This is a piece I wrote a few years ago. It’s a pre-cursor to my next blog.
I’m sitting on my bed surrounded by the past. Little plastic boxes full of memories, love and pain. Today I hauled the last of the cassettes out of my car. I finally came to the realisation if I wanted a car with a CD player then I’d better get one installed because I’d be waiting a long time for a new car with a CD player already in place.
However my transition to the 21st century means that I’m left with a whole lot of my life recorded on cassette that I don’t have a place for anymore. So I sit on my bed and decide what to discard and what to keep.
Amongst the cassettes I had in my car was the first compilation tape I was ever given. Harry made me a Joni Mitchell tape that I still treasure to this day. I was 20. I’d never heard of Joni Mitchell. Harry was 11 years older than me and introduced me to a lot of music that my peers weren’t listening to. Jazz, blues and Joni. His handwriting has faded and my memory of him too, but my love for Joni has lasted.
Since then I’ve had many boyfriends and potential boyfriends that delighted in making me tapes they thought I’d like, that they liked, or perhaps that they thought would impress me into liking them. It seemed to be part of the courting process back then, many of my friends received compilation tapes from their beaux too. It was kind of delightful to know that they’d gone to so much trouble. That they had been thinking about you with every choice they made. That they’d be wondering and hoping what you’d be thinking and feeling with each song. Once I was listening to one of these tapes for the first time, in my car naturally, and had to pull over. There was a song right at the end of side two that expressed all the longing, all the dreams and desires of the person who’d given it to me so clearly that I was shocked into incapacity. I sat there and cried. I was amazed that he would expose his feelings in this way. The meaning was so clear but I knew that I could never respond in the way he hoped. I played that song over and over until the tears stopped and I was able to drive on.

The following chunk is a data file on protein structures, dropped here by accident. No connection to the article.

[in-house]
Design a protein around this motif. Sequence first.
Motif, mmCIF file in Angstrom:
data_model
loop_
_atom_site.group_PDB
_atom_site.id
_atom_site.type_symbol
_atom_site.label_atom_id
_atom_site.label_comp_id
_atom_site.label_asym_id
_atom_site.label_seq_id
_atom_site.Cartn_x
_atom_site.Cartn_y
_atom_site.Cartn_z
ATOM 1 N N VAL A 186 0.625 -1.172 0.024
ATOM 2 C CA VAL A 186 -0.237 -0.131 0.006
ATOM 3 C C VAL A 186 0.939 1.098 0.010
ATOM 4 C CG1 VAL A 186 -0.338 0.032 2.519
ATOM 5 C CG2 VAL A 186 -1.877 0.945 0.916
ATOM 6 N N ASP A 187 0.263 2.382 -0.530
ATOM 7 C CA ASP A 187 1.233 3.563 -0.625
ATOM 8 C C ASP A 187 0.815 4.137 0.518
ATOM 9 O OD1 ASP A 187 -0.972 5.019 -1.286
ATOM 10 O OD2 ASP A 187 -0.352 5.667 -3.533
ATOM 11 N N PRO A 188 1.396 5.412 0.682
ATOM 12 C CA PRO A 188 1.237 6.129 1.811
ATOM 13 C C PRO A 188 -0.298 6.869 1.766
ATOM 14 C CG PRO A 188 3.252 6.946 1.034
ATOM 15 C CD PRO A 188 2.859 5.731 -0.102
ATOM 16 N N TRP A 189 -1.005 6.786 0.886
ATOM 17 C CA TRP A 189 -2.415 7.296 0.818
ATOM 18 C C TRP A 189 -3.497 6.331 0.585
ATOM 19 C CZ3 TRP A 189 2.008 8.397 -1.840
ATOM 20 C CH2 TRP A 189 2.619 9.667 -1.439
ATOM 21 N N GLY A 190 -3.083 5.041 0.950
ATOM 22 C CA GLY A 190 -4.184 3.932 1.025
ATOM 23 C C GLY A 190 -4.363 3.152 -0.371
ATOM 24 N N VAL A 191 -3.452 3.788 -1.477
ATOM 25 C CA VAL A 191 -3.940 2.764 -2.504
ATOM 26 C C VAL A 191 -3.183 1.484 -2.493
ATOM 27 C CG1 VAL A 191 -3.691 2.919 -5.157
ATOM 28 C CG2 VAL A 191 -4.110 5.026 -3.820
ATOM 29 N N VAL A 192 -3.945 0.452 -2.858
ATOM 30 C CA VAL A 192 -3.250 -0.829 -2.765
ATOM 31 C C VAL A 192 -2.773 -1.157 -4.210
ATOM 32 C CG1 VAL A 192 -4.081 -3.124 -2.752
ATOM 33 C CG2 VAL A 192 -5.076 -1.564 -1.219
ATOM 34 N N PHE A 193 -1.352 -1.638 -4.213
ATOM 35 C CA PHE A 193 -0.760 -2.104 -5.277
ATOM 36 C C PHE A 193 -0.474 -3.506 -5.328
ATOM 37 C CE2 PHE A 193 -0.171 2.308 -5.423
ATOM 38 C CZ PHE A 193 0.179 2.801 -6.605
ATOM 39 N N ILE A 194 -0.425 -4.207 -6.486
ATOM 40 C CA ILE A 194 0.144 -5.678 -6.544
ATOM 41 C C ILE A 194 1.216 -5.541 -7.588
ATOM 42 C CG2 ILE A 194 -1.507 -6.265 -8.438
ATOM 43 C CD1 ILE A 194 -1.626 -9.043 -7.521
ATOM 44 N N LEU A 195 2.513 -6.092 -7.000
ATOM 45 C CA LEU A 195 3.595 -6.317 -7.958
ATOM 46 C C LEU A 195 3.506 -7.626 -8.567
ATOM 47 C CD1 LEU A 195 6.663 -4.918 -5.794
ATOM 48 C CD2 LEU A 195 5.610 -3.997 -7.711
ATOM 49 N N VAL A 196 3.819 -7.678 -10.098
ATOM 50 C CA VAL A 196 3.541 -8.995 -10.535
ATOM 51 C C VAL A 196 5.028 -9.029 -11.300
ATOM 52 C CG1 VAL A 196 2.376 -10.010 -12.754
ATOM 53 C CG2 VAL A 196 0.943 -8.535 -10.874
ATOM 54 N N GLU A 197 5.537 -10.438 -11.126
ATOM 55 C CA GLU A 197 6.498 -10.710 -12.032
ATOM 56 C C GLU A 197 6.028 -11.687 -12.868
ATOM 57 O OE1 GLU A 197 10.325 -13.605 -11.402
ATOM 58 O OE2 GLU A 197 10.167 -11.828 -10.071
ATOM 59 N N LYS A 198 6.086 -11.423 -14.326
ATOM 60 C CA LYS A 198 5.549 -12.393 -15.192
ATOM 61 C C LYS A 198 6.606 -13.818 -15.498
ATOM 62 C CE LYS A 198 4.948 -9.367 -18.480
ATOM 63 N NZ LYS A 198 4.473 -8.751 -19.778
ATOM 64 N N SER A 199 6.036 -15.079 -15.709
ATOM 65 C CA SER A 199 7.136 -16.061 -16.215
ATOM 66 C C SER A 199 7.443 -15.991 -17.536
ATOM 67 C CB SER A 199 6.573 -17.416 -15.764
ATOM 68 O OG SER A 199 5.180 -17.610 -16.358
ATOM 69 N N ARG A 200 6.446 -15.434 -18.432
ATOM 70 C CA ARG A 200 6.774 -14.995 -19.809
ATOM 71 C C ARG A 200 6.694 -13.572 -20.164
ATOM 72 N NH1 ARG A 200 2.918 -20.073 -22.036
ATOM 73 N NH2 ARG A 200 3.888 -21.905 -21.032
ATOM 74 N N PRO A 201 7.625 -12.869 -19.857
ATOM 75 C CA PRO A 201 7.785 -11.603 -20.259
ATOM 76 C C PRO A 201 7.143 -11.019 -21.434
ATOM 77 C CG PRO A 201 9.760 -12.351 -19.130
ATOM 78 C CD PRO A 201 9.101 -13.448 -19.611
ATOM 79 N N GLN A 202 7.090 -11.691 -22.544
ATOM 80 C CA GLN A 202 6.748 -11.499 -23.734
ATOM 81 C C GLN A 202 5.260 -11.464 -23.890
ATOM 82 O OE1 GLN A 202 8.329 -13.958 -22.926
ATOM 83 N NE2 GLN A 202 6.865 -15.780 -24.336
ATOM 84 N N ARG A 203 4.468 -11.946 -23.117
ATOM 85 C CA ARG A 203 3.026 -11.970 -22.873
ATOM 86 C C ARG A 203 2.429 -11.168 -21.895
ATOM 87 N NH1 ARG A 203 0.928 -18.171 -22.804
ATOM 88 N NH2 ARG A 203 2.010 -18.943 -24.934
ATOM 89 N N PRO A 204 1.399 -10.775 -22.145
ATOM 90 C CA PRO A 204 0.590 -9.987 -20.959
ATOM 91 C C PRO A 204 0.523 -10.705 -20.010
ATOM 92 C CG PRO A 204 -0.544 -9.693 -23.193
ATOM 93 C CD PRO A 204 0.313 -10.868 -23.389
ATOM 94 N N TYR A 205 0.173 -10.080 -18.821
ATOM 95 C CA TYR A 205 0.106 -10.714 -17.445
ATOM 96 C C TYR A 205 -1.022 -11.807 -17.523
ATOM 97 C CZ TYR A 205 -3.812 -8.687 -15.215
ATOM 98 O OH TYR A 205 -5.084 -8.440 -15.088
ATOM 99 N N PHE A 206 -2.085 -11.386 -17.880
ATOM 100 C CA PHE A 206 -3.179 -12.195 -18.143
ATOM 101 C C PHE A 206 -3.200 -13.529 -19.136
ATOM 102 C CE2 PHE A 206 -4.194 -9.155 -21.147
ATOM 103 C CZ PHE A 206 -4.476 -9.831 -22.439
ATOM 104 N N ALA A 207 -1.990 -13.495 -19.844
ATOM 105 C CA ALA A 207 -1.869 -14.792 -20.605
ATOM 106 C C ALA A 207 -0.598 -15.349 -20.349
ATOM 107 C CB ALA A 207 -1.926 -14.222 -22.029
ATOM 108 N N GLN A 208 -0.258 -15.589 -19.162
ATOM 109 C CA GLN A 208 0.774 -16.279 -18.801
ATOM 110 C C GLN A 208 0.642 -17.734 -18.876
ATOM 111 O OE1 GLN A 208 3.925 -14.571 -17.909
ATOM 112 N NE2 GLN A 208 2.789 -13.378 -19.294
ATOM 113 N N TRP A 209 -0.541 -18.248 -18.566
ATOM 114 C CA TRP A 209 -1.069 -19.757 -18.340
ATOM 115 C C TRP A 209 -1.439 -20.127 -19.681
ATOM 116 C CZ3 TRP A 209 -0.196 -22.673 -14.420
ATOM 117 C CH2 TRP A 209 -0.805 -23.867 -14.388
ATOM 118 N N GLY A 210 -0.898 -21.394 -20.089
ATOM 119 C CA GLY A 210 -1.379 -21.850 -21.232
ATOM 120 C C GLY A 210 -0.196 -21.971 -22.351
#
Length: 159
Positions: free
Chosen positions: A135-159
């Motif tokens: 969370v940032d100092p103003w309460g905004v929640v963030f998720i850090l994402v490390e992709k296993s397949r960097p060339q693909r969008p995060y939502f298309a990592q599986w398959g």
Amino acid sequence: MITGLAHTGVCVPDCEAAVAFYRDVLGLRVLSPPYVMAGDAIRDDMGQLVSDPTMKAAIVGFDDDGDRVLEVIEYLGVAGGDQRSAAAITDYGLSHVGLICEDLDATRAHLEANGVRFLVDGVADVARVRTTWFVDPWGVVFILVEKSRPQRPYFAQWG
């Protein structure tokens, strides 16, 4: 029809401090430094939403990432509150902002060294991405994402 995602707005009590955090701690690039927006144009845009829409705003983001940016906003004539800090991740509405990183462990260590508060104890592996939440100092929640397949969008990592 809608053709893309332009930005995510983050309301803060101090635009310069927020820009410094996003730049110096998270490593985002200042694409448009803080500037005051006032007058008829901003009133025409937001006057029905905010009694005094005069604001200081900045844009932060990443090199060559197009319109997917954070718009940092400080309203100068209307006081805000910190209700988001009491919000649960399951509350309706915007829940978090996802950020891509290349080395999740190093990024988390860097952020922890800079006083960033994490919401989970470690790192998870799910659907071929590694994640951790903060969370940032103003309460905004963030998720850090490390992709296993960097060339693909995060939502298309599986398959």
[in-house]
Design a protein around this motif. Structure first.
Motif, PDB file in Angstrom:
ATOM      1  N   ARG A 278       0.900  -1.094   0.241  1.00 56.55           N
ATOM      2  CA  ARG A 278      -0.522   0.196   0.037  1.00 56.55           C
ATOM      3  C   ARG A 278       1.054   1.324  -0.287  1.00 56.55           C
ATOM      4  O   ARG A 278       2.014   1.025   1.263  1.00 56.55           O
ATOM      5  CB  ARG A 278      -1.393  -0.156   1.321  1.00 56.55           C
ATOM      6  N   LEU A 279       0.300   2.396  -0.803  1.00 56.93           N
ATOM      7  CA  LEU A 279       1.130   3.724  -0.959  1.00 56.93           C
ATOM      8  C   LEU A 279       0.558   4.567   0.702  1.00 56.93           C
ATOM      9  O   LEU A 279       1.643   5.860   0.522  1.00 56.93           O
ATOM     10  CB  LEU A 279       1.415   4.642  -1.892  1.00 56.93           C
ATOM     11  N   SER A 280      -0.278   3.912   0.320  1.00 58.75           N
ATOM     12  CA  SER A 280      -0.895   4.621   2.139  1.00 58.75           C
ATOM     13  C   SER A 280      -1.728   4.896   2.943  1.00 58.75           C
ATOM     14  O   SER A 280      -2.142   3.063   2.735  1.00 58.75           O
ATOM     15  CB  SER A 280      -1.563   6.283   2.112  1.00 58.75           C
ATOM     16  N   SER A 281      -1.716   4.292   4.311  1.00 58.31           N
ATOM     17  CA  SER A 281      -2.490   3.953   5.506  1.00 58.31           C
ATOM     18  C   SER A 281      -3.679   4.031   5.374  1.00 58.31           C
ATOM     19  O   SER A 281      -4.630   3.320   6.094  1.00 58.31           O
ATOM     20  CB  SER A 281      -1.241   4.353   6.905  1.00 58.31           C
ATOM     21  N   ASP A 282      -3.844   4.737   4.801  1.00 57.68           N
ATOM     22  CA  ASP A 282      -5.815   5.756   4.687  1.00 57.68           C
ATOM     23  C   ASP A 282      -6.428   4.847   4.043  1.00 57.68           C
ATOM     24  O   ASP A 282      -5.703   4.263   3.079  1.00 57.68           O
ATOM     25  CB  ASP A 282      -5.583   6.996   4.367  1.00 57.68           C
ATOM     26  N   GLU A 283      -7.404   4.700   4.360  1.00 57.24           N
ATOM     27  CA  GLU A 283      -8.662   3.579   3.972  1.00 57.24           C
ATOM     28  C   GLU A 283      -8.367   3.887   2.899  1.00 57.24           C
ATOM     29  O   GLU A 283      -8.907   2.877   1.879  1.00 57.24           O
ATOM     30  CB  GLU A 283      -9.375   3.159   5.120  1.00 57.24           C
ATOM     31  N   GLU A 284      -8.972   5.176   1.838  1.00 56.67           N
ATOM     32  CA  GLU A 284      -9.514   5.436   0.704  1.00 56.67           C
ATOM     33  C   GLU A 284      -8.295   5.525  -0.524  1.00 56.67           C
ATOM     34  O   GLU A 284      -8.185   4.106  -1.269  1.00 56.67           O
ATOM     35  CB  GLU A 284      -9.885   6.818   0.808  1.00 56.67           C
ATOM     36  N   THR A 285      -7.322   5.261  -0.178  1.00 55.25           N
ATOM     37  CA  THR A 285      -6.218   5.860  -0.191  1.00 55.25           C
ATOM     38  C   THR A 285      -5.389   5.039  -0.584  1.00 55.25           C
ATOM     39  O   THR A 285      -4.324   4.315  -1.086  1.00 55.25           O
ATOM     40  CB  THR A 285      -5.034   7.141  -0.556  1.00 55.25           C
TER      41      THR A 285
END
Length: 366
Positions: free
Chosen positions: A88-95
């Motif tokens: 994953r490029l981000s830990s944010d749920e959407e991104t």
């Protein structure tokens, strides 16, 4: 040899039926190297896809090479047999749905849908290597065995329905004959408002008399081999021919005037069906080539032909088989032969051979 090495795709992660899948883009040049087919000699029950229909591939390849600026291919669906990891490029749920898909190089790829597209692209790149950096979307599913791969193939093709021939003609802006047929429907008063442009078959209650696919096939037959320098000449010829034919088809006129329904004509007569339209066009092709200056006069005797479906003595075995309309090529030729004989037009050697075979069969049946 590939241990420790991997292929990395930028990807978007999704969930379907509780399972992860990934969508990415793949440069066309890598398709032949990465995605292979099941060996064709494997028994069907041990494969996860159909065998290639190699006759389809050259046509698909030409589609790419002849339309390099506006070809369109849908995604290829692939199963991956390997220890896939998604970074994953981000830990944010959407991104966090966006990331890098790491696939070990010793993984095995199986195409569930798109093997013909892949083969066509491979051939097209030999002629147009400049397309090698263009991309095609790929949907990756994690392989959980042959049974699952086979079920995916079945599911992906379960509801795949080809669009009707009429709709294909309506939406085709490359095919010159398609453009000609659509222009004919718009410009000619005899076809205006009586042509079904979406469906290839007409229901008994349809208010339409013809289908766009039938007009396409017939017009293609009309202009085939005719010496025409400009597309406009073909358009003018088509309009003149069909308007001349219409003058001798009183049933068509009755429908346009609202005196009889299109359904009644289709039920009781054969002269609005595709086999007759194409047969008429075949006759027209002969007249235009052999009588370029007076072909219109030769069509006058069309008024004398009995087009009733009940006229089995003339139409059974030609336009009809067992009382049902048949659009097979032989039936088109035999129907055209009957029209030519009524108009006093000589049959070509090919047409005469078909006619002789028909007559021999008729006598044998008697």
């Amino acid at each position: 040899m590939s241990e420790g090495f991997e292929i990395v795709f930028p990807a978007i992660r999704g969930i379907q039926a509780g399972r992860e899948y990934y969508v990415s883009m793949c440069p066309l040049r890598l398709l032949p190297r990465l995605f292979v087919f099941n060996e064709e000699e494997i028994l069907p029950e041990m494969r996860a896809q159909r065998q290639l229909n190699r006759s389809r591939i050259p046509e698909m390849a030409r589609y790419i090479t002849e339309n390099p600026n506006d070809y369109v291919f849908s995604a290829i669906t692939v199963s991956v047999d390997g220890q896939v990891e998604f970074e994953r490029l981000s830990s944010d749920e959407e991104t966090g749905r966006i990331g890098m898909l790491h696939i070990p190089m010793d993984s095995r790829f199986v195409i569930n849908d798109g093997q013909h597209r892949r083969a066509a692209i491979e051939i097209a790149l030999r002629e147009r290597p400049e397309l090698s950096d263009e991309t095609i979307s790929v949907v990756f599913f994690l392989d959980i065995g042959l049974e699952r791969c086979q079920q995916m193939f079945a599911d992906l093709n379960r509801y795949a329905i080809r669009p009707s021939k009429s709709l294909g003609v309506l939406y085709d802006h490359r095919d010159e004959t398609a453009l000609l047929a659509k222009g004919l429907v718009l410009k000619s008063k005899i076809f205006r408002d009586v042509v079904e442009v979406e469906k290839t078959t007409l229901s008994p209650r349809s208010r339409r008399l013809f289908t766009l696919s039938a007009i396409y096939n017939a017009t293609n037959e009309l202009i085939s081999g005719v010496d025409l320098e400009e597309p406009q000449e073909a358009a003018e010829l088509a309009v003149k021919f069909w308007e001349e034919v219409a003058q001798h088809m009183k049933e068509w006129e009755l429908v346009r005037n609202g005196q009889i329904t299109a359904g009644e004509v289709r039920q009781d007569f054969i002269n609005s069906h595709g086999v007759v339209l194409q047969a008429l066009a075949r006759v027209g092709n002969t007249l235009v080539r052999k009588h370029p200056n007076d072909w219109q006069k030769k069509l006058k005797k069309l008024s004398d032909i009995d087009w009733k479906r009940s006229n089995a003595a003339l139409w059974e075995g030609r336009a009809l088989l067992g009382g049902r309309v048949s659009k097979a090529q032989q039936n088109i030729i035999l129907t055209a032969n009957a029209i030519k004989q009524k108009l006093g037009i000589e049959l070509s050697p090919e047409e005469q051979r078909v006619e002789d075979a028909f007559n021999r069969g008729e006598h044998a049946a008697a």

Gone now, a little cassette death. Consigned to magnetic heaven as I move into a digital world.